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News : Towergate Call Centre Move Could be Risky
May 6, 2014 -- It was a month of mixed news for Towergate. The consolidator announced that 750 roles were to go, as part of plans to move its personal lines and SME business to a call centre-based system, operating out of Manchester.
This was followed a few weeks later by Towergate buying Arista for an undisclosed amount. The purchase of the managing general agent was the more obviously positive story for the business. However, Mark Hodges, the broker’s CEO, managed to maintain an upbeat outlook on the situation around SME.
He told Insurance Age that the move was "all about servicing our customers better" – a sentiment that has been met with scepticism in the market.
One broker, who did not wish to be named, said that although they could see the decision making sense from a business finance point of view, they disagreed with the move.
"Centralising SME for very small business makes absolute sense, but the difficulty is how do you know a customer wants it?" asked the source. "Towergate has gone too hard and too fast."
According to the broker, local offices are important for numerous reasons – regional knowledge being one, as well as the fact that people like buying locally and receiving service on their doorstep.
It is also widely known that small pieces of SME business can turn into larger opportunities when a client remains loyal as they grow their company. "Can you really do that in a call centre?" questioned the source.
For some brokers, the news that Towergate will move business to a call centre has stoked up optimism. Simon Taylor, CEO at Manchester-based Reich Insurance, said: "From our perspective it gives us good opportunities.
"We find the personal lines and SME customers want to be handled locally."
While he stated that he was pleased that Towergate was establishing the contact centre in Manchester "because it’s good for the local insurance industry and it will create jobs in the area", he warned that firms have to be careful around call centres, "even when handling SME". He stated: "You jeopardise your contacts with the clients. Unless you are absolutely superb in your service, you risk losing clients.
"It’s not an option that I see as good long term."
Taylor conceded that for an organisation of Towergate’s size, it made some sense to go down their chosen route, but added: "I think they will need a lot of luck and very good management."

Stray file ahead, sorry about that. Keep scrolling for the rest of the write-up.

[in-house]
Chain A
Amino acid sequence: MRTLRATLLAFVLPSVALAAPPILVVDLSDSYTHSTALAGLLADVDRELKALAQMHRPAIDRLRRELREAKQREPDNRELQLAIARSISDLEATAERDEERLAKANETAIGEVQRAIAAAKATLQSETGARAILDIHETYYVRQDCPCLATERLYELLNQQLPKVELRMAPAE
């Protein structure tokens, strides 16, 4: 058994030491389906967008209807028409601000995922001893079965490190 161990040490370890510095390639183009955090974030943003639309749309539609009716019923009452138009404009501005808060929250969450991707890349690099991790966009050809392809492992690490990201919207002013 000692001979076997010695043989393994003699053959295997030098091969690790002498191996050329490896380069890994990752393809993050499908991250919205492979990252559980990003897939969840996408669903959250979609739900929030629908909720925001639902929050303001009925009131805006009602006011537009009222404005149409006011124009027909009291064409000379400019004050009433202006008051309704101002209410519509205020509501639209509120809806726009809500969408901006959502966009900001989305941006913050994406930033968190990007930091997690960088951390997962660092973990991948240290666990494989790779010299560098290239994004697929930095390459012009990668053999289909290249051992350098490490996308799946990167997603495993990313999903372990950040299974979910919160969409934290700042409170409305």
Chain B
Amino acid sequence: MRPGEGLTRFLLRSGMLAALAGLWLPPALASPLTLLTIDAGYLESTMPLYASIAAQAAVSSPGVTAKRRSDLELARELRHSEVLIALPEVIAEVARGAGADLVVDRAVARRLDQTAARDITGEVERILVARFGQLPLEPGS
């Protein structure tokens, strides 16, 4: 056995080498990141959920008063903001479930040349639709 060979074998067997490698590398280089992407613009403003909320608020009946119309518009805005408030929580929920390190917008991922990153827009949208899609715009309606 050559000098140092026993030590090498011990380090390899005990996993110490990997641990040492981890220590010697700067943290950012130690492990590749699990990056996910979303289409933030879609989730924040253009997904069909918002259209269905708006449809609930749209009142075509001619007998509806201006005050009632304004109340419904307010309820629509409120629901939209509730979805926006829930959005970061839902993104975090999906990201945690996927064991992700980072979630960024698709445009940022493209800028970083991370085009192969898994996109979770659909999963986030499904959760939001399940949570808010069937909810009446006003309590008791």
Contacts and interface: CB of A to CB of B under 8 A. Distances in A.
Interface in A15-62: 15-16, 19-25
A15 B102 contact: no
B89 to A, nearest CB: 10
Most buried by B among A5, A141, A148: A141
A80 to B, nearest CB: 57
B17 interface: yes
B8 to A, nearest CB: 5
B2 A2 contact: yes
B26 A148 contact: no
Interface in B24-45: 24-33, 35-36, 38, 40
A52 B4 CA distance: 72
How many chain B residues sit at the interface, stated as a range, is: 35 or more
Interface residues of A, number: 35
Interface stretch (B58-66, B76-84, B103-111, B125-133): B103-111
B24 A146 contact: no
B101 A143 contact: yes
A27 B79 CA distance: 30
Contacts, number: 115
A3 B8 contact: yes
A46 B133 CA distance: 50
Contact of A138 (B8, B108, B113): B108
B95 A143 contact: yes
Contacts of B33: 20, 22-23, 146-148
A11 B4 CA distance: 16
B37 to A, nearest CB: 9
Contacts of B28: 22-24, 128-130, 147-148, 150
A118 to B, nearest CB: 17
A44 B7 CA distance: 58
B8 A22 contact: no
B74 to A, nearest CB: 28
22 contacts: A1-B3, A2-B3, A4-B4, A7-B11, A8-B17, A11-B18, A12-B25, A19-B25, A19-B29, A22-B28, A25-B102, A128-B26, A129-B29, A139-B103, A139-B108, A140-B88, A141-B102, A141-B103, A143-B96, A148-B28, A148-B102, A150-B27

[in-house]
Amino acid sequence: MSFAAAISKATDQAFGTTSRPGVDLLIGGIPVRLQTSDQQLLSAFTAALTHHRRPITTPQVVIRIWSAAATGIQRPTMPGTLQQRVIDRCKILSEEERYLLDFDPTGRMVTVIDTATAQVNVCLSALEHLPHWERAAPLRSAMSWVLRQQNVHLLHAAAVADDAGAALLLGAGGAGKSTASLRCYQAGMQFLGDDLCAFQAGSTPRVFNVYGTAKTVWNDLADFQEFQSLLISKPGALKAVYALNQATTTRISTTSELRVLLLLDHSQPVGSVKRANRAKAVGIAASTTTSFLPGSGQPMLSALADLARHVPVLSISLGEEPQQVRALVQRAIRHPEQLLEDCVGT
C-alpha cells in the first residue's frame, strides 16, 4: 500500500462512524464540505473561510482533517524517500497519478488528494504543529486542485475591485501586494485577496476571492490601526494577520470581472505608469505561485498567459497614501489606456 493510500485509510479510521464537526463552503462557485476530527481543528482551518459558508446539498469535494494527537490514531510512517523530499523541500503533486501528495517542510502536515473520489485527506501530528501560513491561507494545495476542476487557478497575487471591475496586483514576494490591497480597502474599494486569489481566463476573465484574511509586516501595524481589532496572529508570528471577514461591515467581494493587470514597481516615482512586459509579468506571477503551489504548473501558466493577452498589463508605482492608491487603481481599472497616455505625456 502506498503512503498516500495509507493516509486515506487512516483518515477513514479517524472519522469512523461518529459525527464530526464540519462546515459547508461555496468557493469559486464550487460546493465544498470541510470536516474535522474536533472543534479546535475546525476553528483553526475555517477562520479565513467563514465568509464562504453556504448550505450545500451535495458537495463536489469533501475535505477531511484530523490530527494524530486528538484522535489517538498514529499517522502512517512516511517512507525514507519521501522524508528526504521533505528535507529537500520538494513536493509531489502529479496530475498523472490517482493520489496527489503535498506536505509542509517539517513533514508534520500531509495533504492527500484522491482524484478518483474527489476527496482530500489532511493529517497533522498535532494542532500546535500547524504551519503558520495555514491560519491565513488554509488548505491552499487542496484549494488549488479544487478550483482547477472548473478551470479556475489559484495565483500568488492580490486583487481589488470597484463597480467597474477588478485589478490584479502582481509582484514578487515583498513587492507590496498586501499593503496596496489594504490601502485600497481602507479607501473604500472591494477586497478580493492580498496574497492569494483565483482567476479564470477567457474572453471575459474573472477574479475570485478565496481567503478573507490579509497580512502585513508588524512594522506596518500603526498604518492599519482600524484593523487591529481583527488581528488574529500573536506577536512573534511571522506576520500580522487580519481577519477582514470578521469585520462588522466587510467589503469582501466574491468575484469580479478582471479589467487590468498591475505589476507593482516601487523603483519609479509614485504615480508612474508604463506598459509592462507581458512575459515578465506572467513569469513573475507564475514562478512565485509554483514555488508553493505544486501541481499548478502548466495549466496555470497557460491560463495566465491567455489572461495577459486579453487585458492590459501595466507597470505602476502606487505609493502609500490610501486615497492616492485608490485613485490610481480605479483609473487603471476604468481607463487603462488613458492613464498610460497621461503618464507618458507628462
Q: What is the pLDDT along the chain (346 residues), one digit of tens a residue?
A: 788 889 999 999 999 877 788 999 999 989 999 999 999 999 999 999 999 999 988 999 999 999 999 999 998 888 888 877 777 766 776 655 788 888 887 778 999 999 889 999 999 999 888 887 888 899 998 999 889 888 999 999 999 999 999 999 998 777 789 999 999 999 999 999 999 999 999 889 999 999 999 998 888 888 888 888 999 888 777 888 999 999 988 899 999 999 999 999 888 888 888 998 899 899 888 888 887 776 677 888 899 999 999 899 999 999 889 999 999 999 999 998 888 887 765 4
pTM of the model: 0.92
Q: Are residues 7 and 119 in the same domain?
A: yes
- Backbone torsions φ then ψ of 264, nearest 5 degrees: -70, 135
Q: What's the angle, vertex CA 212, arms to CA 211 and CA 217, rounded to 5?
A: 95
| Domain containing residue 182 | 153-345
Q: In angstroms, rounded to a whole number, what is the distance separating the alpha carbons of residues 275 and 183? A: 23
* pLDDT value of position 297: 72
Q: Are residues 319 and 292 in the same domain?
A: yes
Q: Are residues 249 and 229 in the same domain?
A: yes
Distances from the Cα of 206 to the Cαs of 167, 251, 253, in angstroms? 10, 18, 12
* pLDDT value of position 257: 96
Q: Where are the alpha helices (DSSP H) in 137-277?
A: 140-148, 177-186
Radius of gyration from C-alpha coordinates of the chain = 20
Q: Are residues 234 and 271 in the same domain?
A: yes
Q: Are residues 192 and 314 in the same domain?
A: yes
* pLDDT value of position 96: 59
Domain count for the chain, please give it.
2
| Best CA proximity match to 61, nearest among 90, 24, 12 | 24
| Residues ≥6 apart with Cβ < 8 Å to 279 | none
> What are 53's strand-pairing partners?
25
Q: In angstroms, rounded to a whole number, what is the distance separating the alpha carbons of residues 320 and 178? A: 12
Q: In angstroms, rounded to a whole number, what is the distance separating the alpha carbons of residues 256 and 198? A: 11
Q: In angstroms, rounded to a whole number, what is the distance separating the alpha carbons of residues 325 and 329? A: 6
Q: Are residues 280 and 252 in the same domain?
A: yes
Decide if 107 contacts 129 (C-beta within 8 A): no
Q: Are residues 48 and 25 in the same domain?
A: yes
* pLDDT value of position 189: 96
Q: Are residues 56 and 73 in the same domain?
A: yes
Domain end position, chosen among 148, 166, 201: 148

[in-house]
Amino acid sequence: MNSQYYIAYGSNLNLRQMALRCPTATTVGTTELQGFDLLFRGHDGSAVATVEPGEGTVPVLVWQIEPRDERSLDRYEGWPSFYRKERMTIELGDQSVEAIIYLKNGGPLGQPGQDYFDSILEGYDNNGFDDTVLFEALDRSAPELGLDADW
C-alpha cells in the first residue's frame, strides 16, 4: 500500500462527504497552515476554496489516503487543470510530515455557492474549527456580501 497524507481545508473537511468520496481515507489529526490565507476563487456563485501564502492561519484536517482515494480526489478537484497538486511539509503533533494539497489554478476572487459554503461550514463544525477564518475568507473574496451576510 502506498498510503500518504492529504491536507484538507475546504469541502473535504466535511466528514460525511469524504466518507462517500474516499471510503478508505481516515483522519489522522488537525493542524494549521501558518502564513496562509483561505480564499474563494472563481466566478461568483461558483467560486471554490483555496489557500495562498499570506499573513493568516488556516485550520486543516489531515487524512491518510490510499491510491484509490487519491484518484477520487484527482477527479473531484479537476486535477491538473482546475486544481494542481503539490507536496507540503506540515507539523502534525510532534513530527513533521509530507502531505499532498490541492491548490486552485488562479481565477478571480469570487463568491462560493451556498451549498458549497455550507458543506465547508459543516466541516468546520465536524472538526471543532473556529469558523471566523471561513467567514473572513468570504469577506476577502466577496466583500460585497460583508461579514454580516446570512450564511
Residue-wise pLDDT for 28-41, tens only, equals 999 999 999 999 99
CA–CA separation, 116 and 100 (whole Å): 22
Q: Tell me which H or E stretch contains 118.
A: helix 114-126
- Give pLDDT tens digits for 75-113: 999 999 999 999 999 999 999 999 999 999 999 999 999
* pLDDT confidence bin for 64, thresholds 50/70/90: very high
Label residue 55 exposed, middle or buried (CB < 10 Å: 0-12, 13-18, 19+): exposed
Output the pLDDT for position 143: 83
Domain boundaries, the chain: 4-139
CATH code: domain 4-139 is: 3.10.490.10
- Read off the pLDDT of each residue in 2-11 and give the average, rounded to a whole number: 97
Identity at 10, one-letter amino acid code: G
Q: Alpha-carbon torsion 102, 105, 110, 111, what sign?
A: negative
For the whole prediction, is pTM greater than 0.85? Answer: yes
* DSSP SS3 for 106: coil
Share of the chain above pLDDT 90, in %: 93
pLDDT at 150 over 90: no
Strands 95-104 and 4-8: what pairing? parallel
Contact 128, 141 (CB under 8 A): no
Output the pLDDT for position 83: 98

Hodges, however, was adamant that Towergate was making the right decision. "With any change you are always thoughtful about predicting the impact," he said. "We have really thought deeply about what we are doing, there are no knee-jerk reactions."
He pointed out: "This is business that’s being handled on the phone at the moment anyway.
"All we are doing is offering a better telephony service to customers who are already receiving a telephony service."
There are two major issues that could arise out of this strategy change. One is the aforementioned risk of losing business, given the off-putting nature of the call centre model. According to Hodges, while Towergate has been "cautious" about this risk, "we actually think we will keep more business and be able to attract more business".
The second potential pitfall is the damage this model could do to Towergate’s acquisition prospects. Will people still go to the firm when they want to sell their business if they know that chunks of it may be transferred to the contact centre in Manchester?
Again, Hodges countered: "This is something we have been thoughtful about and we think people will be happy to see business go into this model."
Posted by Veronica Silva Cusi, news correspondent
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Towergate Insurance was founded in 1997 and is Europe's largest independently owned insurance intermediary.
Published: Wednesday, May 7, 2014